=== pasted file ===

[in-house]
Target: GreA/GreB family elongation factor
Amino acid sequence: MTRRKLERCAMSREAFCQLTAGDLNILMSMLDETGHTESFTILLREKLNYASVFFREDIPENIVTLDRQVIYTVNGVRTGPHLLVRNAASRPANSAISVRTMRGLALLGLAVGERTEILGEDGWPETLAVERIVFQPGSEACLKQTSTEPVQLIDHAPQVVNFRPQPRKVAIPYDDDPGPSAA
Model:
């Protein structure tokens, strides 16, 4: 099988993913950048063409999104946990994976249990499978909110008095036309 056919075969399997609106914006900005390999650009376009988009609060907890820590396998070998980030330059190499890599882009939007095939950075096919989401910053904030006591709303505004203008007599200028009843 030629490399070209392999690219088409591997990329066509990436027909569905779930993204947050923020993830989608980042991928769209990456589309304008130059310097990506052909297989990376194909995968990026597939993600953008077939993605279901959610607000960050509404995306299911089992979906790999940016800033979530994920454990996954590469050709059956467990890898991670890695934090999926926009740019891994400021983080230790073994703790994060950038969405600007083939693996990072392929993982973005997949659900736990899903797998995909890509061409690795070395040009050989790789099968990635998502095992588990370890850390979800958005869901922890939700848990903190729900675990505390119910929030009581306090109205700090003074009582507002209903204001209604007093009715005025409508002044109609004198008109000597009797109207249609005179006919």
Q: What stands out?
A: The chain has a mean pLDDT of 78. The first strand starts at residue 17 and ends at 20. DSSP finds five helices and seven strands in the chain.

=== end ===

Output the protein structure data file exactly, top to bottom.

[in-house]
Target: GreA/GreB family elongation factor
Amino acid sequence: MTRRKLERCAMSREAFCQLTAGDLNILMSMLDETGHTESFTILLREKLNYASVFFREDIPENIVTLDRQVIYTVNGVRTGPHLLVRNAASRPANSAISVRTMRGLALLGLAVGERTEILGEDGWPETLAVERIVFQPGSEACLKQTSTEPVQLIDHAPQVVNFRPQPRKVAIPYDDDPGPSAA
Model:
């Protein structure tokens, strides 16, 4: 099988993913950048063409999104946990994976249990499978909110008095036309 056919075969399997609106914006900005390999650009376009988009609060907890820590396998070998980030330059190499890599882009939007095939950075096919989401910053904030006591709303505004203008007599200028009843 030629490399070209392999690219088409591997990329066509990436027909569905779930993204947050923020993830989608980042991928769209990456589309304008130059310097990506052909297989990376194909995968990026597939993600953008077939993605279901959610607000960050509404995306299911089992979906790999940016800033979530994920454990996954590469050709059956467990890898991670890695934090999926926009740019891994400021983080230790073994703790994060950038969405600007083939693996990072392929993982973005997949659900736990899903797998995909890509061409690795070395040009050989790789099968990635998502095992588990370890850390979800958005869901922890939700848990903190729900675990505390119910929030009581306090109205700090003074009582507002209903204001209604007093009715005025409508002044109609004198008109000597009797109207249609005179006919």
Q: What stands out?
A: The chain has a mean pLDDT of 78. The first strand starts at residue 17 and ends at 20. DSSP finds five helices and seven strands in the chain.